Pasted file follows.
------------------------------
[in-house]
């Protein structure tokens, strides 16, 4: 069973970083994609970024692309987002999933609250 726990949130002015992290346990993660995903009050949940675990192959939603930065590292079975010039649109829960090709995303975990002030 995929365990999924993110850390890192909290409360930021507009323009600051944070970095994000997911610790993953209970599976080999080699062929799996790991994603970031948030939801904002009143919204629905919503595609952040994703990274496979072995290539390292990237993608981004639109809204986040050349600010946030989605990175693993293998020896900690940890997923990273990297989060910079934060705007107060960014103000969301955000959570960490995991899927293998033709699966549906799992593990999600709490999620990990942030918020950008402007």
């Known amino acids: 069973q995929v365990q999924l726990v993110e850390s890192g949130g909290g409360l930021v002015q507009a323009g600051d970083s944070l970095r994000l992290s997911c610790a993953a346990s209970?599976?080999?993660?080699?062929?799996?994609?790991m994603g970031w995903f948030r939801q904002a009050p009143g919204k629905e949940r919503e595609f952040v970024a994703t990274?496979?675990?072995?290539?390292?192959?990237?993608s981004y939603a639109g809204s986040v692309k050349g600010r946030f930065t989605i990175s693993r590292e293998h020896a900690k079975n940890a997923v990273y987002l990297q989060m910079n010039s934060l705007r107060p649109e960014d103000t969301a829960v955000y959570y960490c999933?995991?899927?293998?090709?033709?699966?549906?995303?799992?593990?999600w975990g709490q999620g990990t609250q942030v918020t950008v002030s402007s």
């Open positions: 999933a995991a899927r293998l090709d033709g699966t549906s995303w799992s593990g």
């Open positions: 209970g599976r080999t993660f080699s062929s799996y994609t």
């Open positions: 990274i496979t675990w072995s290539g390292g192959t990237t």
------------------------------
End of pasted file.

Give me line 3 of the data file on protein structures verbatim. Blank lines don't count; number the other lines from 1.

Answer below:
């Known amino acids: 069973q995929v365990q999924l726990v993110e850390s890192g949130g909290g409360l930021v002015q507009a323009g600051d970083s944070l970095r994000l992290s997911c610790a993953a346990s209970?599976?080999?993660?080699?062929?799996?994609?790991m994603g970031w995903f948030r939801q904002a009050p009143g919204k629905e949940r919503e595609f952040v970024a994703t990274?496979?675990?072995?290539?390292?192959?990237?993608s981004y939603a639109g809204s986040v692309k050349g600010r946030f930065t989605i990175s693993r590292e293998h020896a900690k079975n940890a997923v990273y987002l990297q989060m910079n010039s934060l705007r107060p649109e960014d103000t969301a829960v955000y959570y960490c999933?995991?899927?293998?090709?033709?699966?549906?995303?799992?593990?999600w975990g709490q999620g990990t609250q942030v918020t950008v002030s402007s």